Published December 12, 2012
While almost all U.S. taxpayers will feel a financial pinch if Congress and President Obama fail to reach a compromise on the approaching fiscal crisis, families in New Jersey will be hit hardest, according to analysis by the Tax Foundation.
A four-person family in New Jersey with the median income of $101,682 would see its taxes go up 6.8 percent or about $6,933, said the Washington-based, non-partisan think tank. The tax increase would affect Garden State communities already crippled this year by Superstorm Sandy.
While the six states ranked hardest-hit by percentage increases all have median family incomes above the U.S. median of $74,563, the next 16 have below-average incomes -- from West Virginia at $65,403 to Nevada at $65,212.
“High-income states and low-income states will be the most affected,” foundation analyst Nick Kasprak told FoxNews.com on Wednesday. “People think the fiscal cuts are about the Bush tax cuts and that those are only for the rich but that’s not the case. It’s going to hit a lot of lower-income families.” Higher incomes also will get hit by changes to the Alternative Minimum Tax.
Maryland ranked second on the list. The median family of four making $107,000 a year would pay 6.7 percent more for an extra $7,194 in federal income taxes in 2013.
New Jersey families face a higher percentage compared to those in Maryland. But the average dollar increase would be lower because the state’s median income is below Maryland’s, Kasprak said.
President Obama and congressional Republicans are trying to reach a deal before Jan. 1, when a $500 billion mix of tax increases and fiscal spending cuts automatically begin, a prospect that economists fear could plunge the country into another recession. Should no deal be reached, the amount of across-the-board cuts to the federal budget could total more than $1 trillion over the next 10 years.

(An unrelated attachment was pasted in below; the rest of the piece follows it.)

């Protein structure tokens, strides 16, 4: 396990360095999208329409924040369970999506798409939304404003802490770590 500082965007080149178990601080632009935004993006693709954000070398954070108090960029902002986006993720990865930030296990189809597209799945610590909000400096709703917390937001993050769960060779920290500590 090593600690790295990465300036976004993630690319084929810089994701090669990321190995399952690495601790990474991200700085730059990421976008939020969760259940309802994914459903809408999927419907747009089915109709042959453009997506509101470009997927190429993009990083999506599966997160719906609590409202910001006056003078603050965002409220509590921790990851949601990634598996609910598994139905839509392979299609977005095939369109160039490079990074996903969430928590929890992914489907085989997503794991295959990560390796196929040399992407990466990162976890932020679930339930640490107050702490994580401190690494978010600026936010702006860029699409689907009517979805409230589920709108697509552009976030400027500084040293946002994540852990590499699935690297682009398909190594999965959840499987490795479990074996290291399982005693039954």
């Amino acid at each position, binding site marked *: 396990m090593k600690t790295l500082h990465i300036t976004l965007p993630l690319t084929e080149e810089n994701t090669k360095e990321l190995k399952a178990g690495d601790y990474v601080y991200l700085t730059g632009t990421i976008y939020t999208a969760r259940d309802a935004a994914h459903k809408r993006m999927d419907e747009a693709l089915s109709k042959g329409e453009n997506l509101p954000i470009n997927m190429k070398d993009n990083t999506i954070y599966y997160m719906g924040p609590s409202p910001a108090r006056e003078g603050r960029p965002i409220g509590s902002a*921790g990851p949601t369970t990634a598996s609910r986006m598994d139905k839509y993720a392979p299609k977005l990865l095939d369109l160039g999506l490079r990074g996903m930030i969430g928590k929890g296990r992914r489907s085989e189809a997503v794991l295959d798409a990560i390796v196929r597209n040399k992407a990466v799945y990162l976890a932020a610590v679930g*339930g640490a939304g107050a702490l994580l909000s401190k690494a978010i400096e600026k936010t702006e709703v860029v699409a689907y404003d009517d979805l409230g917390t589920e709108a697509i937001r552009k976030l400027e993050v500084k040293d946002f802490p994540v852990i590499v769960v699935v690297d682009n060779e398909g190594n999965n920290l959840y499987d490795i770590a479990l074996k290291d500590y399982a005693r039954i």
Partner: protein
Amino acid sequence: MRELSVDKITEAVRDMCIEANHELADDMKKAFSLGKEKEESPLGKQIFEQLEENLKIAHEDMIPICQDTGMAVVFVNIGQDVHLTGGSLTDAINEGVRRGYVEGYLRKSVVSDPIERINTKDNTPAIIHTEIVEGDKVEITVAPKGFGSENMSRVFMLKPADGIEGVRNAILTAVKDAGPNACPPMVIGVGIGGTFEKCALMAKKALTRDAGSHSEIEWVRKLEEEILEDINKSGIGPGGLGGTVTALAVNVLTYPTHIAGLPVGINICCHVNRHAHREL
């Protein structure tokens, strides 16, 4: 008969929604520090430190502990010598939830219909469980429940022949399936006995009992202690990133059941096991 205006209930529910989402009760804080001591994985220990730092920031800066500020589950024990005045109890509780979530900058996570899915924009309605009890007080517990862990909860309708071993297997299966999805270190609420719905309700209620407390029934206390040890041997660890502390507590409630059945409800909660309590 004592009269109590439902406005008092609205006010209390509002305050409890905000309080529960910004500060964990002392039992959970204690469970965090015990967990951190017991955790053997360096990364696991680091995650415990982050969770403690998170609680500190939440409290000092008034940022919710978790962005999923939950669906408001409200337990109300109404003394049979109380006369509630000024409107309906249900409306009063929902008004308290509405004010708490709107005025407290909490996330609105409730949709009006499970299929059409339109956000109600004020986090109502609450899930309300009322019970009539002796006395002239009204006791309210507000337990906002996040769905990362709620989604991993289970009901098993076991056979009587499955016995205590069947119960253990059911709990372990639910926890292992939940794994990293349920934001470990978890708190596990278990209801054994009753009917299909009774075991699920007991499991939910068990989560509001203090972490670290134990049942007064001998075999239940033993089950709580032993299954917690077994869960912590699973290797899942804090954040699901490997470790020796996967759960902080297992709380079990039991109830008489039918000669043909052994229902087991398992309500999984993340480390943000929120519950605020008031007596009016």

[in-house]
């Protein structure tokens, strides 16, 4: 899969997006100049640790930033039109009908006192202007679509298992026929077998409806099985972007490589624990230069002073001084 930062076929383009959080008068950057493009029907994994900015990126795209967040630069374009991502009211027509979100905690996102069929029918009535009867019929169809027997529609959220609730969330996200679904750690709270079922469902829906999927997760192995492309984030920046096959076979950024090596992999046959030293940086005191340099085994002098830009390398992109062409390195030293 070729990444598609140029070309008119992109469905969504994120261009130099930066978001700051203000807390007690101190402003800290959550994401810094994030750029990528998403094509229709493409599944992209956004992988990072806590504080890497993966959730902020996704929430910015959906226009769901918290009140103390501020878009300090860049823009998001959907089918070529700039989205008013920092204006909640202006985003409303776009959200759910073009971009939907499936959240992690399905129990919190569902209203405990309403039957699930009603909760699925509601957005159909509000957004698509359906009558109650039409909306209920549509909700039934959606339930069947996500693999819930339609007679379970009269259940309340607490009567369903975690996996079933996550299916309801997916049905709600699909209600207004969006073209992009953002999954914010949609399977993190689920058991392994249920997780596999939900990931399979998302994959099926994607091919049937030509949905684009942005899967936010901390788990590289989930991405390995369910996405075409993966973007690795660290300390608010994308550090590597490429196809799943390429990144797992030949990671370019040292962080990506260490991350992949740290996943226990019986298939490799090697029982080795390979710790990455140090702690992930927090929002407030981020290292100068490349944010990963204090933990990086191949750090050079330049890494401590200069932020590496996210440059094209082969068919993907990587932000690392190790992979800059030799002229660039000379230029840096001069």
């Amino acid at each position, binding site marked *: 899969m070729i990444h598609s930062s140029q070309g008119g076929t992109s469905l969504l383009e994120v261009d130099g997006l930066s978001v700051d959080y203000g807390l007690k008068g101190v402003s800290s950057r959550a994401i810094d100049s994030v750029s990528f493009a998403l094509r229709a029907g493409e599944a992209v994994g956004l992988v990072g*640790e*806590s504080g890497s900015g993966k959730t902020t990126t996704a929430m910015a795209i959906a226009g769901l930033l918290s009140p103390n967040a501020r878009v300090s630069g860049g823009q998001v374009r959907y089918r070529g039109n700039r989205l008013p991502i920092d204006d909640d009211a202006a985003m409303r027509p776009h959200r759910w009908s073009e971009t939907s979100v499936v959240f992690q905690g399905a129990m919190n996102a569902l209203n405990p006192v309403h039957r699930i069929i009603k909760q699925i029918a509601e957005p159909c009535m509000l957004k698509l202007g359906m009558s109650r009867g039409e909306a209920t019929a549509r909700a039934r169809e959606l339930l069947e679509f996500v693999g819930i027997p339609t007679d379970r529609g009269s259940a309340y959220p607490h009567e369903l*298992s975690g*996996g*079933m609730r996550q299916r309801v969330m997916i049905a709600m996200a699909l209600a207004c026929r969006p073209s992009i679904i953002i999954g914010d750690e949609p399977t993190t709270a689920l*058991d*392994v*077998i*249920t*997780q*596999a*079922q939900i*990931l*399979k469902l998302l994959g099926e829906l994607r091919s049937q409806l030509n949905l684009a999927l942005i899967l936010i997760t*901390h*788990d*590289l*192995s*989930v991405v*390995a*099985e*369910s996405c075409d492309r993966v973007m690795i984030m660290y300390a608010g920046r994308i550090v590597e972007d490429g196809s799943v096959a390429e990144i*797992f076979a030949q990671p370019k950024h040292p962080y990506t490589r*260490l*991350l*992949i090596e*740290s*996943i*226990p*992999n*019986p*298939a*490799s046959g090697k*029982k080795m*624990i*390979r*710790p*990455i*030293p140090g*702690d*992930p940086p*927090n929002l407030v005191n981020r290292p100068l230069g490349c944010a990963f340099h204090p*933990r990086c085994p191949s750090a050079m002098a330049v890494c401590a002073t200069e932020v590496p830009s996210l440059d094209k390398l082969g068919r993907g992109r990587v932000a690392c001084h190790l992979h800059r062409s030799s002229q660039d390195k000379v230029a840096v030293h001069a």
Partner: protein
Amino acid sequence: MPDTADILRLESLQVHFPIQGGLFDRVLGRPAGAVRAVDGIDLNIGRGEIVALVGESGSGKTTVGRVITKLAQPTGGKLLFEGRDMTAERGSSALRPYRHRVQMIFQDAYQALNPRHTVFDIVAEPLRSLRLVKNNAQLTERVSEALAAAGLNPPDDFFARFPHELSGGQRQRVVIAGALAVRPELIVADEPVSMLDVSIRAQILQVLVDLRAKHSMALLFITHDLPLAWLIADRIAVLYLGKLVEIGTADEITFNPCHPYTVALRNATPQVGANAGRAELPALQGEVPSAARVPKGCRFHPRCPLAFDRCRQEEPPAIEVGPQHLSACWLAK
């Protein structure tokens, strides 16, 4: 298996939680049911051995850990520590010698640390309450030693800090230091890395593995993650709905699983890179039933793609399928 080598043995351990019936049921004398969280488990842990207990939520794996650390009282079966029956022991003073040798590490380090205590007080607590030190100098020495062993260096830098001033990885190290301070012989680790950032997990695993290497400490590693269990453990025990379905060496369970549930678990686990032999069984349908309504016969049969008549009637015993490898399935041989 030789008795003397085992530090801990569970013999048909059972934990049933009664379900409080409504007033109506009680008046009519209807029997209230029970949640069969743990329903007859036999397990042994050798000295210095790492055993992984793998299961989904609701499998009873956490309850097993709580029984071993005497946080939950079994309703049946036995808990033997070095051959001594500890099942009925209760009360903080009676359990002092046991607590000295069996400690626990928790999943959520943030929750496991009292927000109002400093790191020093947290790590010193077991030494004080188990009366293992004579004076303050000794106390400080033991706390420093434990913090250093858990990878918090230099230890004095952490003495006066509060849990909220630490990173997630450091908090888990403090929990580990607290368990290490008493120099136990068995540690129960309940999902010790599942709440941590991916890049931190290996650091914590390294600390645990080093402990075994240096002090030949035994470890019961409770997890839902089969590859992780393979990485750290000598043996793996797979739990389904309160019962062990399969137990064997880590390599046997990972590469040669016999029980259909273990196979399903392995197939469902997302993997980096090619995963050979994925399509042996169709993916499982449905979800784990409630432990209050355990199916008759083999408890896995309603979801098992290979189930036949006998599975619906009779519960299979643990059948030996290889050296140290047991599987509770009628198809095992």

In August 2011, Congress agreed that deep spending cuts would kick in if they couldn’t reach a budget agreement.
But the fiscal threat is compounded by the looming end of the Bush-era tax rates.
Connecticut will be the third hardest hit. A typical family of four there would see taxes jump by 6.62 percent or $6,653. Massachusetts and New Hampshire rounded out the top five. All are “blue states” that Obama won in 2012.
States were ranked using information from the Census Bureau and the Internal Revenue Service. The complexity of the tax code will affect households in different ways, Kasprak said. How much people have to pay depends on such factors as marital status, income and the number of children.
Low-income households are likely to feel the impact almost immediately. The loss of provisions in the 2009 economic recovery act, which includes the expanded availability of the earned-income credit and tax breaks for college expenses, would dry up.
On Wednesday, House Speaker John Boehner said “serious differences” still remain between Republicans and the Obama administration over taxes and spending. Both sides have three weeks to agree on a plan or risk more damage to an already fragile U.S. economy.
Boehner said the president’s proposal for $1.4 trillion in new tax revenues falls short of his promise for a balanced approach to reigning in the federal deficit and could not pass Congress.